One person’s problem is another’s opportunity. Third party vendors like JetBrains are grasping the opportunity with both hands by patching flaws in Visual Studio and C# with tools like Resharper. They’re now starting to provide elastoplasts over XAML editing too. Jetbrains are not the only ones, Telerik and others are making hay selling themes and datagrids.

627 

To temporarily workaround performance issues caused by the cost of the mouse handler events in one these products we were forced to throttle the number of system mouse events bubbling through the system.

Duct tape is a good short term solution, but surely at some point we should consider building a stronger foundation.

Simplicity

I would not give a fig for the simplicity this side of complexity, but I would give my life for the simplicity on the other side of complexity. - Oliver Wendell Holmes, Jr.

XAML is huge and bloated, WPF 4.5 Unleashed is 864 pages long, yet XAML’s focus on data binding makes it feel like a one-trick pony.

I think a modern desktop UI environment needs to cover a diverse range of product scenarios. There should be a low-level core that can be easily accessed with code for high performance features all the way up to a designer view for tacking databases on to views, and it should all interoperate seamlessly.

Sections of the development community are striving to bring simplicity to our environments. Language designers like Rich Hickey (Clojure) and Don Syme (F#) are bringing us simplicity at the language level. I’d love to see these thought processes applied to UI environments too.

To tackle the root causes of problems some times you need to stop continuously patching over the cracks, step back and take time to look at the big picture. To create Clojure Rich Hickey practised Hammock driven development. I’d love to see more of this kind of thoughtful design and less Mortgage driven development.

Tackling the root causes of complexity and defects in our software is not an easy choice, it requires investment and changes to the way we do things. But not changing is a choice too.

They live out their lives in this virtual reality as they would have around the turn of the 20th and 21st centuries. The time period was chosen because it is supposedly the pinnacle of human civilization. – Agent Smith

Must Java like languages and XML be considered the pinnacle of software development for time immemorial?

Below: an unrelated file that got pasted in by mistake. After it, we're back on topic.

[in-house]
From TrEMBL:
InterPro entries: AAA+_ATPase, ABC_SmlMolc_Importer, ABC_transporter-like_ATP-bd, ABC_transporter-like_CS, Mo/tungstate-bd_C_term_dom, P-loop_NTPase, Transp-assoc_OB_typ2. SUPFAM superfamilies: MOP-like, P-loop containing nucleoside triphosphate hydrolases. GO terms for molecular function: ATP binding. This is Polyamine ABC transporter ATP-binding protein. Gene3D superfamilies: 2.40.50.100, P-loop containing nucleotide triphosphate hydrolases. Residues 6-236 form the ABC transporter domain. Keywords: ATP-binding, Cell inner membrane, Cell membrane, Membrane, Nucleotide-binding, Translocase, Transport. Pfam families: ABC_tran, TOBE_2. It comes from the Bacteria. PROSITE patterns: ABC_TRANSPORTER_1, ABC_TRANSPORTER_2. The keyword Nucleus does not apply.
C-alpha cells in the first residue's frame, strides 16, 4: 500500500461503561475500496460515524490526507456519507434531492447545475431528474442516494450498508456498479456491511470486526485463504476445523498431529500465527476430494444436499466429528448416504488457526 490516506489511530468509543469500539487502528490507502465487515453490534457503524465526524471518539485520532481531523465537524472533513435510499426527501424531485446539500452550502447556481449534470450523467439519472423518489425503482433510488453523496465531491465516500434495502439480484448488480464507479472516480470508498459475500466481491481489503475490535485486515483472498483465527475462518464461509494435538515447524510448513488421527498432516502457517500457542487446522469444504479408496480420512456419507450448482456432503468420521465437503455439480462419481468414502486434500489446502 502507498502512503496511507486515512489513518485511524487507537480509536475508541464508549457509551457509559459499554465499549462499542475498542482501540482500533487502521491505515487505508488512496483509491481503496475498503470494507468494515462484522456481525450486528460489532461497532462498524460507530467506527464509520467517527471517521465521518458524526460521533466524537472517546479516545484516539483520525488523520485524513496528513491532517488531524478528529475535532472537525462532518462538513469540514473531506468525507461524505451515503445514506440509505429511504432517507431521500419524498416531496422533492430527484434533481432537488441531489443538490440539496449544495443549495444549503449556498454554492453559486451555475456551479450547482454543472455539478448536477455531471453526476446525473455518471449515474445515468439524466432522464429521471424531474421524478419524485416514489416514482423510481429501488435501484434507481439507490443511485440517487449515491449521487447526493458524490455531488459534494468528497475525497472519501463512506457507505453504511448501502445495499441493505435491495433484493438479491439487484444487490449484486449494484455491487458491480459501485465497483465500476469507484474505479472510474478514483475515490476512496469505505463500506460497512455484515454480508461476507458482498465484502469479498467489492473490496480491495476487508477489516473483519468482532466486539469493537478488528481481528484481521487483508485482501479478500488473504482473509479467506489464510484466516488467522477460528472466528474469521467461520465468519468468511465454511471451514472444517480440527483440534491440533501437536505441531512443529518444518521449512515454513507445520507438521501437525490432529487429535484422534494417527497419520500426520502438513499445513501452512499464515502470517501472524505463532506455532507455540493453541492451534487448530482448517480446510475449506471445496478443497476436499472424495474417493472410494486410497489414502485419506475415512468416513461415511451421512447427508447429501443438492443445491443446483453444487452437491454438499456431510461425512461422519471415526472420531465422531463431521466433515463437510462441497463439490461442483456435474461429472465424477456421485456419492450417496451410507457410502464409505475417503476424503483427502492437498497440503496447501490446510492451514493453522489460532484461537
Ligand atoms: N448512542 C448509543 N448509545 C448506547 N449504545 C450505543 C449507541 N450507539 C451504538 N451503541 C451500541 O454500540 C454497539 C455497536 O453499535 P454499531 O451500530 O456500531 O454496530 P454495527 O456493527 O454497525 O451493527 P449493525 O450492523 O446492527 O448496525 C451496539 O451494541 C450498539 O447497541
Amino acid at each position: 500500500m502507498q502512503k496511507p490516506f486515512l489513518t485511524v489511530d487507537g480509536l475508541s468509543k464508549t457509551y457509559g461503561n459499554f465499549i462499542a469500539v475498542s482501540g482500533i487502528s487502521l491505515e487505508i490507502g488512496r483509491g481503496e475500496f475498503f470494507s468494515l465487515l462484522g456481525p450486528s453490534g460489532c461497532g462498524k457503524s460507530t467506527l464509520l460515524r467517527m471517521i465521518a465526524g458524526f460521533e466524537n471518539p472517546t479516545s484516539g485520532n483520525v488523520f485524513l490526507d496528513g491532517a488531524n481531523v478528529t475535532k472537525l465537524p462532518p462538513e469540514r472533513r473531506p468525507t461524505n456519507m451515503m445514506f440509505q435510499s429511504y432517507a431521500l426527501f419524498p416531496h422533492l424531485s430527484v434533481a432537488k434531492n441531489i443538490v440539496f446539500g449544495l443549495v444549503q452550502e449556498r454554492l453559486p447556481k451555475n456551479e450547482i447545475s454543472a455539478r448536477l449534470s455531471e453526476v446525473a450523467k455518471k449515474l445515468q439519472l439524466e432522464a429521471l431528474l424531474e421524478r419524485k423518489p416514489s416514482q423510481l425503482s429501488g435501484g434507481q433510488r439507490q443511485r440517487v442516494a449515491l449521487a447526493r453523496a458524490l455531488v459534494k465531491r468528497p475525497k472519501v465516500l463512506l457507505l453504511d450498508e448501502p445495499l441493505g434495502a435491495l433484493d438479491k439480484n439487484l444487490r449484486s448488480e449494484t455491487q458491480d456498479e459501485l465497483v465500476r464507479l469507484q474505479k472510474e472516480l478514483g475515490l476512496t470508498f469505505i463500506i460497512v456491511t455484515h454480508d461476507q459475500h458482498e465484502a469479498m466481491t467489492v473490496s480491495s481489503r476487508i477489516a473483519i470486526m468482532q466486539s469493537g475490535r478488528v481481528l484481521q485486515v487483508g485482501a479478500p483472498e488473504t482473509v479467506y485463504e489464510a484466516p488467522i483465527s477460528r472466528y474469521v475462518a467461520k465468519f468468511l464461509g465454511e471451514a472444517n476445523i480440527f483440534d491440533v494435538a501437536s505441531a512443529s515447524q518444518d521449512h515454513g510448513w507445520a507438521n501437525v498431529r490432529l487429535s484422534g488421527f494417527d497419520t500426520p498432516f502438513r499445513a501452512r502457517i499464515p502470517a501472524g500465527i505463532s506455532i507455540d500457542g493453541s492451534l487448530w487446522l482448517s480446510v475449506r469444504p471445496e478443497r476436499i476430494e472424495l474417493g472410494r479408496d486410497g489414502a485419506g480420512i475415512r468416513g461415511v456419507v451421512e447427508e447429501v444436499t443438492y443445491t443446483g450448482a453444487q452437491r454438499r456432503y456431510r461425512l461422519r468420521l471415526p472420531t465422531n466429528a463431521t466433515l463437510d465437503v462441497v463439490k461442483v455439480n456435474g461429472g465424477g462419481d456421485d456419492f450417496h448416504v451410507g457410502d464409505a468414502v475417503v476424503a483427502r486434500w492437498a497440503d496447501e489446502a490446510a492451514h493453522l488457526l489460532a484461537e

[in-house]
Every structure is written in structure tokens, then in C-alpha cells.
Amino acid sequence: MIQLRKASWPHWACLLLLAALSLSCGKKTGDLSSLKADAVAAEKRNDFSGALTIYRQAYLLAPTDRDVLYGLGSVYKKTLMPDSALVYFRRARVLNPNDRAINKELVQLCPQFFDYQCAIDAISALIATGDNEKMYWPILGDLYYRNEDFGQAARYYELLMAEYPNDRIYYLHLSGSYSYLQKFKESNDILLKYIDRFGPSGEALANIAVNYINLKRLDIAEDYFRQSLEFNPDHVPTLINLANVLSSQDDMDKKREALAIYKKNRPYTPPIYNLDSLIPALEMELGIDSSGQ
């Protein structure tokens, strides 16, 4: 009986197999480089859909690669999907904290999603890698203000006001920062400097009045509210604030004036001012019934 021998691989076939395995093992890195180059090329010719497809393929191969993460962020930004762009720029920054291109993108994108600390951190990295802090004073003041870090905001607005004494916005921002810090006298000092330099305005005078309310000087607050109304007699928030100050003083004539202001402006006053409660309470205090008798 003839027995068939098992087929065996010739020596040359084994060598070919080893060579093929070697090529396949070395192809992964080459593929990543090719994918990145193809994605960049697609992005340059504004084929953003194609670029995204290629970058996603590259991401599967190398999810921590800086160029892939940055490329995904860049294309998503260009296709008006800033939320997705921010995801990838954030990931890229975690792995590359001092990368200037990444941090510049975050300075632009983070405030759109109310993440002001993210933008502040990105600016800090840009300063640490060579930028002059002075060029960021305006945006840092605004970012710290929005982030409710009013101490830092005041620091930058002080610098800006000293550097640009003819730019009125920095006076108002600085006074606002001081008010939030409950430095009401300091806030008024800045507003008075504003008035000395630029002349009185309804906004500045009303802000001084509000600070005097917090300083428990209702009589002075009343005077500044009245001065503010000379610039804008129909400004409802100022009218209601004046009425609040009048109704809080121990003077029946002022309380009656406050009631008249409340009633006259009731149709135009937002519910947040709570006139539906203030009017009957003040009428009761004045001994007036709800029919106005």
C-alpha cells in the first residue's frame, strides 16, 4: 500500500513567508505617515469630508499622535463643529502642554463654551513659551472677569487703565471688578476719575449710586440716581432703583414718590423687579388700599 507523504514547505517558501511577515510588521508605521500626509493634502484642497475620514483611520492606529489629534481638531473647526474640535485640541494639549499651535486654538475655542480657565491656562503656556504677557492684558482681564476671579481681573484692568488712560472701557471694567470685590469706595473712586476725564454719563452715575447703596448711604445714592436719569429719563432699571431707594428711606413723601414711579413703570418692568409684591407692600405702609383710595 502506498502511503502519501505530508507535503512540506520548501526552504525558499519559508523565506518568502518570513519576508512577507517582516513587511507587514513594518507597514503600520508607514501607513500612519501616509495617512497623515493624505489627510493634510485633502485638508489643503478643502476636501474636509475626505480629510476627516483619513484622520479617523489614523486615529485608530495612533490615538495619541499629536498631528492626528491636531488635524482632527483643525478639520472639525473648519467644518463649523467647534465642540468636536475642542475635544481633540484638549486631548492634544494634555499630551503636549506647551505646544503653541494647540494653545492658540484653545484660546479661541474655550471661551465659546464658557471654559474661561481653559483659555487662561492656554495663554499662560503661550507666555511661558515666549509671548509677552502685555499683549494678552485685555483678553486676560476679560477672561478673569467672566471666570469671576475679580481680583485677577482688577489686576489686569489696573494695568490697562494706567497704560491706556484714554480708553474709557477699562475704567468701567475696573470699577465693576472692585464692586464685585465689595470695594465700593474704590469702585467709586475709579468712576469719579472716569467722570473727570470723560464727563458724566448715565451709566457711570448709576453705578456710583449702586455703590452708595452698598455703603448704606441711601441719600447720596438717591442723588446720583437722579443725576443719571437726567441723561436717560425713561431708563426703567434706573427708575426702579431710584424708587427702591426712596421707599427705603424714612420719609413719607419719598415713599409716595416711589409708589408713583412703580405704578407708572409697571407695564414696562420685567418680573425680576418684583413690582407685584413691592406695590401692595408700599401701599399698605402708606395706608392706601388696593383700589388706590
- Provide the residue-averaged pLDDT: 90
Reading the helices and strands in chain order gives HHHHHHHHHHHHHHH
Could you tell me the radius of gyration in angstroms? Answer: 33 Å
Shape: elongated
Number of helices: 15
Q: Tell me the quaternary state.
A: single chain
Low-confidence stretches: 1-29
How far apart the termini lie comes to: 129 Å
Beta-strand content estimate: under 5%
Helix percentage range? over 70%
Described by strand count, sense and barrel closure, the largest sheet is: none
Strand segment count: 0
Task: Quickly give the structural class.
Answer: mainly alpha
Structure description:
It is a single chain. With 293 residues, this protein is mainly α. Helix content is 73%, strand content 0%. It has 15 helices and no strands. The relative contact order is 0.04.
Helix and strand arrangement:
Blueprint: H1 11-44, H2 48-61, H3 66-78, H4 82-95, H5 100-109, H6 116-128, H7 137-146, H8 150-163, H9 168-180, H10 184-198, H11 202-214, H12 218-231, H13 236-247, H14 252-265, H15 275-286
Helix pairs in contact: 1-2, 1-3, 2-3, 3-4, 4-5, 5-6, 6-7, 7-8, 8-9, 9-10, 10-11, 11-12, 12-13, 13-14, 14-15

Tags:
Categories: Architecture | WPF | Silverlight | WinRT | .Net | C# | JavaScript | Scala | F#
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A single line stack trace

August 13, 2012 00:23 by phil

This week I was assigned a bug with a single line stack trace:

Telerik.Windows.Controls.RadDocking.<>c__DisplayClass1b'::'<DropWindow>b__19
 

The exception type was of type NullReferenceException. The issue could be reproduced by repeatedly docking and undocking a window in the application for about 30 seconds. The result was an unhandled exception that took down the application.

The single line indicated that the exception originated somewhere in Telerik’s RadControls for Silverlight, probably a compiler generated class for a closure.

Ildasm

Ildasm is a tool that lets you look at the .Net IL code generated by the compiler. Looking at the Telerik Docking dll with Ildasm, the generated class and method can be seen:.

IL DASM - Telerik.Windows.Controls.RadDocking.c_DisplayClass1b

DropWindow_b_19

.method public hidebysig instance void 'b__19'() cil managed
{
 // Code size 18 (0x12)
 .maxstack 8
 IL_0000: ldarg.0
 IL_0001: ldfld class Telerik.Windows.Controls.RadPane 
  Telerik.Windows.Controls.RadDocking/'<>c__DisplayClass1b'::activePane
 IL_0006: callvirt instance class Telerik.Windows.Controls.RadPaneGroup 
  Telerik.Windows.Controls.RadPane::get_PaneGroup()
 IL_000b: callvirt instance bool [System.Windows]
  System.Windows.Controls.Control::Focus()
 IL_0010: pop
 IL_0011: ret
} // end of method '<>c__DisplayClass1b'::'b__19'

The IL code shows a PanegGroup property being accessed followed by a call to a Focus method. The c__Displayclass class name indicates a closure.

Source Code

Telerik’s source code contains a RadDocking class with a DockWindow method that contains a closure that calls SetFocus on PaneGroup. Bingo!

Dispatcher.BeginInvoke(() => activePane.PaneGroups.SetFocus());

Workaround

The workaround is a common one in C#, add a null check against the property (PaneGroups) before calling the method (SetFocus).

What can we learn?

This fatal exception was found in a third party framework, thankfully during development. Lets examine how this happened and what can be done

Null checks

Tony Hoare, inventor of QuickSort, speaking at a conference in 2009:

I call it my billion-dollar mistake.

The billon-dollar mistake is the invention of the null reference in 1965.

C# references are null by default, and nullability is implicit.